One of my favorite sounds in the world is that of the vibraphone, a lesser-known jazz percussion instrument. When I hear it I see* small, luminescent, neon green (a color I’ve never seen in any other sound) orbs that tumble over each other like marbles and constantly swell and contract.
“Bag’s Groove,” composed by vibraphonist Milt Jackson and first recorded in 1952, is a 12-bar blues track with a catchy head comprised of descending notes. It features lively solos by Milt Jackson, alto-saxist Lou Donaldson, and pianist John Lewis. I personally go for the first and less famous recording because it’s concise, its pace is brisker, and (of course) because it has more vibraphone.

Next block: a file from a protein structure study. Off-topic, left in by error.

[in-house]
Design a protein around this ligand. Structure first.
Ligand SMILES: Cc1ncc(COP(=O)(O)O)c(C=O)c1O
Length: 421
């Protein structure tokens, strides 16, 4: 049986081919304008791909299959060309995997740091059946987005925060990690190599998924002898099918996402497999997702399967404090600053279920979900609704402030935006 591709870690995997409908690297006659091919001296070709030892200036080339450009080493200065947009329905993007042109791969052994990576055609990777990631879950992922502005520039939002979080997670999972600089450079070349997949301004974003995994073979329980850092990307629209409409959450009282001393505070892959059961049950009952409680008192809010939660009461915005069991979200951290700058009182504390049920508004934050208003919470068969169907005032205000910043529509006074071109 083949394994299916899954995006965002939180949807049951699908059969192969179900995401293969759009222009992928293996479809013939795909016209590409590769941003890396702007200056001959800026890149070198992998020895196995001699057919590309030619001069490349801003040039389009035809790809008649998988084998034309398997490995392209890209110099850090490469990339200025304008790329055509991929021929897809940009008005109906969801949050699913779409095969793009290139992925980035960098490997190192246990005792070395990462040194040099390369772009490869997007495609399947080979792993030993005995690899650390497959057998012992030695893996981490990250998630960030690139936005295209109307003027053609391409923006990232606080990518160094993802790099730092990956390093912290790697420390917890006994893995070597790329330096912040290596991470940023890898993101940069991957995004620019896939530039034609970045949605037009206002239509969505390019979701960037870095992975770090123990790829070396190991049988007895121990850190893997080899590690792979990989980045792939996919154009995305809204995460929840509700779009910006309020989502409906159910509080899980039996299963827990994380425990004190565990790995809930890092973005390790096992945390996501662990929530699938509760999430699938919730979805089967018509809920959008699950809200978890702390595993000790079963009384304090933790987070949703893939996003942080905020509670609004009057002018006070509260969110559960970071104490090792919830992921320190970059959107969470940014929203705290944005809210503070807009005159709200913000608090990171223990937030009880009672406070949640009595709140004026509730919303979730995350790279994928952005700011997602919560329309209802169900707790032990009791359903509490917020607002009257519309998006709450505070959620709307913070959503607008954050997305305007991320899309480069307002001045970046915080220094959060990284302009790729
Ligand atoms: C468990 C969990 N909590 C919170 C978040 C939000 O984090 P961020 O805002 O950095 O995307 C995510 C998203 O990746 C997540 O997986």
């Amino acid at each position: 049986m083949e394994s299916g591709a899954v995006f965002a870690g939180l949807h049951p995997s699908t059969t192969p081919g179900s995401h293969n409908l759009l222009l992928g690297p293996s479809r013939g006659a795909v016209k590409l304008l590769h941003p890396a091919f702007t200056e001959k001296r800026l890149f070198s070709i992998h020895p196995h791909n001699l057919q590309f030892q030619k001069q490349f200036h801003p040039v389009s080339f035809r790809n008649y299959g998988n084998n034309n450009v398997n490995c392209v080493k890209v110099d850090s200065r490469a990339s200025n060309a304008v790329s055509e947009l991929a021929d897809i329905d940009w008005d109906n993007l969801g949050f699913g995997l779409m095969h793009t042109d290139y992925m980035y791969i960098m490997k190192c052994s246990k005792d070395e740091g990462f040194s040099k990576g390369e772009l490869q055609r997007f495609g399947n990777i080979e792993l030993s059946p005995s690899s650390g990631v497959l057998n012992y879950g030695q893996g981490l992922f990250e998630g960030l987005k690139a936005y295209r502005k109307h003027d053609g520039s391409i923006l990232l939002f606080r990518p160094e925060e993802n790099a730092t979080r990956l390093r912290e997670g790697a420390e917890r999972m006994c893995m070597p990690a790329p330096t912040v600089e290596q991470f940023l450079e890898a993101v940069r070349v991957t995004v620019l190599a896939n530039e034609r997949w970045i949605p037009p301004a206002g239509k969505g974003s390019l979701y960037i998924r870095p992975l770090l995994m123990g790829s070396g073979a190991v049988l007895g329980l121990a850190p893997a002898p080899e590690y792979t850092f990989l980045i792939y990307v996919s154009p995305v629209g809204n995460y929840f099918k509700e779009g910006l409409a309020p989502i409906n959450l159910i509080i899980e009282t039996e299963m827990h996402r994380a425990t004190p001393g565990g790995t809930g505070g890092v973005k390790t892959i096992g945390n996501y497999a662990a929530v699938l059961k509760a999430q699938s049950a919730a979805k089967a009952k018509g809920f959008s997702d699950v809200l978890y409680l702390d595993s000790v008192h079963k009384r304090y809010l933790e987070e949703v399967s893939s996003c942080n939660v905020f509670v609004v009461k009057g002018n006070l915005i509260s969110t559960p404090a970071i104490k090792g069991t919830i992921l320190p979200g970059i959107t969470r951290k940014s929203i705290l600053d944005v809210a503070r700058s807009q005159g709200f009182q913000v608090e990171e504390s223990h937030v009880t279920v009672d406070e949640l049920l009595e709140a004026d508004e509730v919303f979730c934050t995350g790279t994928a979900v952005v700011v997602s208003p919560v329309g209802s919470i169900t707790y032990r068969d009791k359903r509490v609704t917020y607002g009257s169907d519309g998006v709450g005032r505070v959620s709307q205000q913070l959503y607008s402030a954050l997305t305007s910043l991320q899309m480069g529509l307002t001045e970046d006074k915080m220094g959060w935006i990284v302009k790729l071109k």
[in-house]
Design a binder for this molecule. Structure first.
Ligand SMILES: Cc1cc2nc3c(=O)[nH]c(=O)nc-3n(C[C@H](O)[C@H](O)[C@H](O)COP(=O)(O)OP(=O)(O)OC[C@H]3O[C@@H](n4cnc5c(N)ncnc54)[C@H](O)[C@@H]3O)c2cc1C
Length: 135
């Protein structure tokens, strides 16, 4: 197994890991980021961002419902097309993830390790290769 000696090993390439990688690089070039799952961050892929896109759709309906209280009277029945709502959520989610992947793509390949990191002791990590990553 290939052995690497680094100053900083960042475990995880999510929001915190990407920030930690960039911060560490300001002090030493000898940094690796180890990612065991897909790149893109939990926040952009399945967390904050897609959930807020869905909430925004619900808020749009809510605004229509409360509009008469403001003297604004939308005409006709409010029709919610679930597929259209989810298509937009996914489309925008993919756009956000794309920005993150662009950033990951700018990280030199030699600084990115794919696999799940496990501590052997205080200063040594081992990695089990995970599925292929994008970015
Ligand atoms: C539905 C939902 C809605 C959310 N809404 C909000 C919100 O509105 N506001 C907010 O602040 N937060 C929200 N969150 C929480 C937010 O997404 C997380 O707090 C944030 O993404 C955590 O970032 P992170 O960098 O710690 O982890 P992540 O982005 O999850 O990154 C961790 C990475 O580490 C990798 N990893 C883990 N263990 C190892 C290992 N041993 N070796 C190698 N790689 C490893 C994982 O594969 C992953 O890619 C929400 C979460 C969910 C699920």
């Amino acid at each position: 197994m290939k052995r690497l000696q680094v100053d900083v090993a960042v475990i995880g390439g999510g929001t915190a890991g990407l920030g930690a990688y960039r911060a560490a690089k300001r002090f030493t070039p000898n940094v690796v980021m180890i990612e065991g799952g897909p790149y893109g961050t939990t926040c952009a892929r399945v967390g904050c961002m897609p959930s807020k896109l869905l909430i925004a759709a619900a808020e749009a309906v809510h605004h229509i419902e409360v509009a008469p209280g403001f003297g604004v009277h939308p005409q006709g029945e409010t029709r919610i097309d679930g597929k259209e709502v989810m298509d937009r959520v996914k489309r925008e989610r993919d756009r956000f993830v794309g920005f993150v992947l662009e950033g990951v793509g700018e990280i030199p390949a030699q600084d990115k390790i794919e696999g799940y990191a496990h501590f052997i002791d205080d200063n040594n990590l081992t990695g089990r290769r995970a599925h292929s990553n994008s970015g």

For the famous version, check out the Miles Davis Quintet’s recording. This track feels cleaner and more spacious in contrast to the rushed vibe of the original recording, probably because it’s eleven minutes long and has a more laid-back pace. And while Milt Jackson (who was part of the quintet) has a strong presence, it’s definitely more horn-heavy.
Here’s a rough illustration of the song: